Appointing Graeme Smith as a quasi ‘captain for life’ was a brave move – but when you’re trying to recover from a nuclear-level identity crisis bravery is required; Like him or not, everyone recognises Smith for who and what he is, which provides very necessary stability for the Protea’s brand. Conversely, however, South African cricket’s issues with ‘coach-churn’ have undone this good intent. Vacillations at board level, resulting in the appointment of a string of coaches, have hurt the Protea’s brand on and off the field. Anyone who watches South African cricket on a regular basis will surely concur that the outfit remains a young team seemingly still seeking to discover its character, its personality and its voice. This is the second time the team has had to go through this painful leadership growth phase in a little over a decade. And it shows.

There are signs that South African cricket has realised how its lack of leadership intent, communication and stability is hurting the brand’s overall performance. The appointment of Vince van Der Bijl as General Manager of Professional Cricket, and a stated intent to stick with ‘man-manager’ Micky Arthur as coach are positive signs that actual leadership stability could be on the horizon.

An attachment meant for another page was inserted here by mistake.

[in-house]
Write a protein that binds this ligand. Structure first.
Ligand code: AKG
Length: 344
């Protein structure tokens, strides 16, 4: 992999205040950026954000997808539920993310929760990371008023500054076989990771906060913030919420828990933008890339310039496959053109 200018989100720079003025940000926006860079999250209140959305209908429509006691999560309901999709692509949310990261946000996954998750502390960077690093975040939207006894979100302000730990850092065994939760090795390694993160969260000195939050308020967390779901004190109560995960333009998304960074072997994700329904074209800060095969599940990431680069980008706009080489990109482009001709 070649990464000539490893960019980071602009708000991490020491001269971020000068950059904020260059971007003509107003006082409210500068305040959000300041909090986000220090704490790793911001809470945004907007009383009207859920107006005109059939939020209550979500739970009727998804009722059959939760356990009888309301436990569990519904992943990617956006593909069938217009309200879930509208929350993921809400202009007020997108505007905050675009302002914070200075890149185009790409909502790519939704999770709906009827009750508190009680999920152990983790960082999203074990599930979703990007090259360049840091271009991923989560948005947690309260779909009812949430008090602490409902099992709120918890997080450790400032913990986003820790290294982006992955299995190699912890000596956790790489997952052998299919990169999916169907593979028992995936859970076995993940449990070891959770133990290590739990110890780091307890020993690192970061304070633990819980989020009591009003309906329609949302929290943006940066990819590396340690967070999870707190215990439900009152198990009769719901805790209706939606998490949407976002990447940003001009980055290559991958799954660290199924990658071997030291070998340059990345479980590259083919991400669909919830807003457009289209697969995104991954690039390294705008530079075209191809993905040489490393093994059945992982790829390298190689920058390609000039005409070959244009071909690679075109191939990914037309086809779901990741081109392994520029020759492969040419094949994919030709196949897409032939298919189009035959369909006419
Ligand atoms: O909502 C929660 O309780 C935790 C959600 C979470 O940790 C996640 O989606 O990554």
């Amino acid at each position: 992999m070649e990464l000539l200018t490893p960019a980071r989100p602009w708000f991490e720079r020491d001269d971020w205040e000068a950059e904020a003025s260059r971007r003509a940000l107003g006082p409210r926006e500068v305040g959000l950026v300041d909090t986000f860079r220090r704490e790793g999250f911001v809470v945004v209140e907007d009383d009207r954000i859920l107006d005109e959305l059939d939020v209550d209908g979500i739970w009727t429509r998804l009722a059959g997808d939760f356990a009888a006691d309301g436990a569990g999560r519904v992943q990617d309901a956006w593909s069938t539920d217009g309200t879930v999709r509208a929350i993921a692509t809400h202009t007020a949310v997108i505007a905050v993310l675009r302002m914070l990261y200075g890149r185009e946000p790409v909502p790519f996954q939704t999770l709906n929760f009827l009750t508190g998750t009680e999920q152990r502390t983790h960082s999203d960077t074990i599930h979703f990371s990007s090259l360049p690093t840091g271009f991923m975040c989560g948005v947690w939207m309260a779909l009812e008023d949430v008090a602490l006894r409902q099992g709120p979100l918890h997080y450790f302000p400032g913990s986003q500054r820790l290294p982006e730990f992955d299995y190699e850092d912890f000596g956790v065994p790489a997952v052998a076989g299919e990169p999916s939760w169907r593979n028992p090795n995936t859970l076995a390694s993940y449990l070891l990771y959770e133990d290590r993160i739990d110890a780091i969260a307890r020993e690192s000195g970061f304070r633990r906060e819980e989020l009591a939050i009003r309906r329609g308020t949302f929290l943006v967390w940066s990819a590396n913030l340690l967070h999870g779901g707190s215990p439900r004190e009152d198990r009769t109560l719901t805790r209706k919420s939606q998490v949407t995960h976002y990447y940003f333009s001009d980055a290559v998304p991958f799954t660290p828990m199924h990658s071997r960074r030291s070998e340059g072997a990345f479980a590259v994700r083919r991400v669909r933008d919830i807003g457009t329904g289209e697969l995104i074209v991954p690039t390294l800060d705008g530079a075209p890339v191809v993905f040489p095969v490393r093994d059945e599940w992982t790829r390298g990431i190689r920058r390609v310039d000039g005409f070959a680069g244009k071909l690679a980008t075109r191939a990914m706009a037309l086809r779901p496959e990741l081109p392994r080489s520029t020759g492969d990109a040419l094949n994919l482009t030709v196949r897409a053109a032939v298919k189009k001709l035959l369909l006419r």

Lesson #3 – Aligning intent, values and reality

The Protea’s sailed forth into their tour to Australia waving the flag of ‘brave cricket’. Having had recent success against minor nations, this ‘new’ approach, without explicitly saying so, was clearly an attempt to engender a healthy sense of self and to push towards an aggressive style of play that delivers results. However, the ‘brave cricket’ approach also looked and felt eerily like a copy of the attitude that has served Australia so well over the last few decades.

What the Protea’s failed to do, critically, was to ensure that this visionary intent matched the reality on the ground – that the philosophy with which the unit went to work on its goals was actually sound, relevant to the organisation’s history and current structure and, critically, able to deliver strategic value over the long term.